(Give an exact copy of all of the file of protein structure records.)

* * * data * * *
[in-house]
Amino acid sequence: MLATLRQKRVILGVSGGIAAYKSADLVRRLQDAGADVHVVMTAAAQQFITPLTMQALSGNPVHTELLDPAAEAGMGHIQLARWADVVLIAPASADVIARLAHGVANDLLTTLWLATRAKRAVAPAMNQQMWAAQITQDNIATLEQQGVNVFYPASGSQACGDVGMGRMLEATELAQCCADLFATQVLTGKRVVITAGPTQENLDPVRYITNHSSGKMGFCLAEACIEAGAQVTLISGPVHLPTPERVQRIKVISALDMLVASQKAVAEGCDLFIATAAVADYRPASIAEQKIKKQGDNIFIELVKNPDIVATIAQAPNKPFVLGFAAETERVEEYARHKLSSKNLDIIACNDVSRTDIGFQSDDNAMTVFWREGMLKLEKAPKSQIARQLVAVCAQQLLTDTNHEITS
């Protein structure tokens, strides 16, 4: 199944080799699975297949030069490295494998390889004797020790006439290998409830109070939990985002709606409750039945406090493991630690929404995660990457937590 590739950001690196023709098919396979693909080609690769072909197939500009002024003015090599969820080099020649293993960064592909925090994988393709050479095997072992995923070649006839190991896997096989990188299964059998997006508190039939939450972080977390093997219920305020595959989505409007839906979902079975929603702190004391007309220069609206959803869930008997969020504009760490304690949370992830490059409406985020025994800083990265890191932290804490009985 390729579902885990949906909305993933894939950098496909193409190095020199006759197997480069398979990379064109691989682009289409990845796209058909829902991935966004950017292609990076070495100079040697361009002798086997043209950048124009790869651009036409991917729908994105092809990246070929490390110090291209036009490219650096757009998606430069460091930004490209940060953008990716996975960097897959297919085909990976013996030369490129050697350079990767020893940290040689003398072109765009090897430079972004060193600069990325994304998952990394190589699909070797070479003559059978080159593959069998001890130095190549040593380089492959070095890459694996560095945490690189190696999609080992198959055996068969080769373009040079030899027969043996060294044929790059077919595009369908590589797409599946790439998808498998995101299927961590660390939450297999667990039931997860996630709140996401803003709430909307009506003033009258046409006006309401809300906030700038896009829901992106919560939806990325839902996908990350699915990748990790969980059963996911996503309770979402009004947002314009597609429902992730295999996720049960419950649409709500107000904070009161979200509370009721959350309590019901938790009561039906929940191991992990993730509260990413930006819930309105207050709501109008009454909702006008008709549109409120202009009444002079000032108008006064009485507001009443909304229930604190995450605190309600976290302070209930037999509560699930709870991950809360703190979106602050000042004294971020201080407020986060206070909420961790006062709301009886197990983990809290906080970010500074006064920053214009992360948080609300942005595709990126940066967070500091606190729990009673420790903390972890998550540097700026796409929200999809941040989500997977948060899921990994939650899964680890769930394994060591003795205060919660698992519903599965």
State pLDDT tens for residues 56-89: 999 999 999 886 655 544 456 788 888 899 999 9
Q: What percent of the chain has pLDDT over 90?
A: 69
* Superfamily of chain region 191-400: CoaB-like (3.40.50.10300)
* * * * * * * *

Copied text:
[in-house]
Amino acid sequence: MLATLRQKRVILGVSGGIAAYKSADLVRRLQDAGADVHVVMTAAAQQFITPLTMQALSGNPVHTELLDPAAEAGMGHIQLARWADVVLIAPASADVIARLAHGVANDLLTTLWLATRAKRAVAPAMNQQMWAAQITQDNIATLEQQGVNVFYPASGSQACGDVGMGRMLEATELAQCCADLFATQVLTGKRVVITAGPTQENLDPVRYITNHSSGKMGFCLAEACIEAGAQVTLISGPVHLPTPERVQRIKVISALDMLVASQKAVAEGCDLFIATAAVADYRPASIAEQKIKKQGDNIFIELVKNPDIVATIAQAPNKPFVLGFAAETERVEEYARHKLSSKNLDIIACNDVSRTDIGFQSDDNAMTVFWREGMLKLEKAPKSQIARQLVAVCAQQLLTDTNHEITS
């Protein structure tokens, strides 16, 4: 199944080799699975297949030069490295494998390889004797020790006439290998409830109070939990985002709606409750039945406090493991630690929404995660990457937590 590739950001690196023709098919396979693909080609690769072909197939500009002024003015090599969820080099020649293993960064592909925090994988393709050479095997072992995923070649006839190991896997096989990188299964059998997006508190039939939450972080977390093997219920305020595959989505409007839906979902079975929603702190004391007309220069609206959803869930008997969020504009760490304690949370992830490059409406985020025994800083990265890191932290804490009985 390729579902885990949906909305993933894939950098496909193409190095020199006759197997480069398979990379064109691989682009289409990845796209058909829902991935966004950017292609990076070495100079040697361009002798086997043209950048124009790869651009036409991917729908994105092809990246070929490390110090291209036009490219650096757009998606430069460091930004490209940060953008990716996975960097897959297919085909990976013996030369490129050697350079990767020893940290040689003398072109765009090897430079972004060193600069990325994304998952990394190589699909070797070479003559059978080159593959069998001890130095190549040593380089492959070095890459694996560095945490690189190696999609080992198959055996068969080769373009040079030899027969043996060294044929790059077919595009369908590589797409599946790439998808498998995101299927961590660390939450297999667990039931997860996630709140996401803003709430909307009506003033009258046409006006309401809300906030700038896009829901992106919560939806990325839902996908990350699915990748990790969980059963996911996503309770979402009004947002314009597609429902992730295999996720049960419950649409709500107000904070009161979200509370009721959350309590019901938790009561039906929940191991992990993730509260990413930006819930309105207050709501109008009454909702006008008709549109409120202009009444002079000032108008006064009485507001009443909304229930604190995450605190309600976290302070209930037999509560699930709870991950809360703190979106602050000042004294971020201080407020986060206070909420961790006062709301009886197990983990809290906080970010500074006064920053214009992360948080609300942005595709990126940066967070500091606190729990009673420790903390972890998550540097700026796409929200999809941040989500997977948060899921990994939650899964680890769930394994060591003795205060919660698992519903599965």
State pLDDT tens for residues 56-89: 999 999 999 886 655 544 456 788 888 899 999 9
Q: What percent of the chain has pLDDT over 90?
A: 69
* Superfamily of chain region 191-400: CoaB-like (3.40.50.10300)